Sponsored by the Multiple Sclerosis (MS) Foundation, the National Multiple Sclerosis Education & Awareness Month occurs in March. This month is dedicated to raising awareness of MS and providing resources to families who are affected by it and senior care providers who can help.
Multiple Sclerosis is a disease of the central nervous system. That means it affects the brain and spinal cord. In a patient with MS, the immune system wages war on this nervous system, eroding the myelin sheath that protects nerve fibers.
MS remains a puzzle of sorts for scientists and doctors. No one knows exactly what causes it, though medical experts suspect a combination of heredity and environmental impacts. The virus that causes mononucleosis may be involved in some cases of MS. Patients who already have thyroid disease, inflammatory bowel syndrome, anemia, and type 1 diabetes are at somewhat higher risk of developing MS.
And there is no cure though there are effective short-term and long-term treatments.
MS usually appears between the ages of twenty and forty. It gets steadily worse as the patient ages. In some people, symptoms are constant, but in others, there are remissions of the disease alternating with relapses.
In its most advanced stage, MS causes mobility issues. Patients may lose the ability to walk and they may also have tremors, numbness in various limbs, and unexplained weakness. Vision problems occur in some MS patients, and some lose their sight altogether over time.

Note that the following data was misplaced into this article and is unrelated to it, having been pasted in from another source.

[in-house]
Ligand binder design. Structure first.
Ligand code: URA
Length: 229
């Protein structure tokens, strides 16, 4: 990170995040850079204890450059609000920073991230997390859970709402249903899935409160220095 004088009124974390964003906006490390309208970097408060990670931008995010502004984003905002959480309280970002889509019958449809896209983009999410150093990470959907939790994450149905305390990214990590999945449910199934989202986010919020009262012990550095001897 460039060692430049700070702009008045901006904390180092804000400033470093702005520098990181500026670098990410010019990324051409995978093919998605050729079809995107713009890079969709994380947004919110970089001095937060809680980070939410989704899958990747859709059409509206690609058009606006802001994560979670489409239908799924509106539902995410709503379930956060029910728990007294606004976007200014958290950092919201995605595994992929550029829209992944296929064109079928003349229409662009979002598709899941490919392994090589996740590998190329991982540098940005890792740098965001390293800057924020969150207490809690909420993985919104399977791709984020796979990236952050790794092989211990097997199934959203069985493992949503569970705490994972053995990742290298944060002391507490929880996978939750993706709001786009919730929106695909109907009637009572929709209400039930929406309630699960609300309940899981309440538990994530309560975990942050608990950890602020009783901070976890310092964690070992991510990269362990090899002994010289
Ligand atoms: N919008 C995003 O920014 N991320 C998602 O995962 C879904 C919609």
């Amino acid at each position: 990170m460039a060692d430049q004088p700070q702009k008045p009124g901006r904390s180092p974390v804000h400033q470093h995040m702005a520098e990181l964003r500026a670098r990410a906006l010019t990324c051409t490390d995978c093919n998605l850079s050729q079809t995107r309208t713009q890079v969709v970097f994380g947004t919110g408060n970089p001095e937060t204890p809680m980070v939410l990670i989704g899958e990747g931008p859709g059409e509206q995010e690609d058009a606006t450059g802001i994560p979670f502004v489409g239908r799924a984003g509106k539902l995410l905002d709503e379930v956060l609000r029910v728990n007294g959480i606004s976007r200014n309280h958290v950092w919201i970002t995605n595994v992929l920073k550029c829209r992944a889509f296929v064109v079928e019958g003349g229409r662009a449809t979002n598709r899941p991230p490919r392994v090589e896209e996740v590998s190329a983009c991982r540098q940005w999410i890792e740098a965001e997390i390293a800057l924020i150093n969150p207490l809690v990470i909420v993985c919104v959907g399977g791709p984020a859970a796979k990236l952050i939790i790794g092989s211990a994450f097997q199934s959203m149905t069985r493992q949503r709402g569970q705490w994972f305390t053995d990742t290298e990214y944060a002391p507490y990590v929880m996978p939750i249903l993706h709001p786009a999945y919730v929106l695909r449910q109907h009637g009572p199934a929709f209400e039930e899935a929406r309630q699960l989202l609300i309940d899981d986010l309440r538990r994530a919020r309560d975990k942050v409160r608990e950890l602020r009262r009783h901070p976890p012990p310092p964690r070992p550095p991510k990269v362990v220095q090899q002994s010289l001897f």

Women are about three times more likely to have MS than men, and the disease targets Caucasians.
How Do You Help a Loved One With MS?
There are many high-tech and low-tech modifications that can help a loved one live with MS with some autonomy. It makes sense to assume the disease will progress, so home modifications should be made with this in mind.
For example, a wheelchair accessible shower is ideal because the patient can use a shower chair or bench to bathe if she is not in a wheelchair. If your senior’s home is on two floors, consider moving the bedroom to the bottom floor. Clothing with buttons and snaps can be tailored to fasten with velcro.
It pays to consider how you will get an MS patient into a car or van in the years ahead. You may want to invest in a wheelchair lift. Some vans come already outfitted with technology that enables someone with severe mobility limitations to access the vehicle.
Older patients with MS may need to hire professional senior care to help with survival tasks like cooking, toileting, and bathing. If you have not hired senior care, it’s a good time to learn more about it and how it can help your parent.
In conclusion, multiple sclerosis is still a scientific mystery. Because it is a progressive disease, its worst stages will be in old age. There is a good deal of technology available to help MS sufferers live independently for as long as possible. With planning and senior care, many MS patients will be able to age in place and enjoy their lives to the fullest extent possible.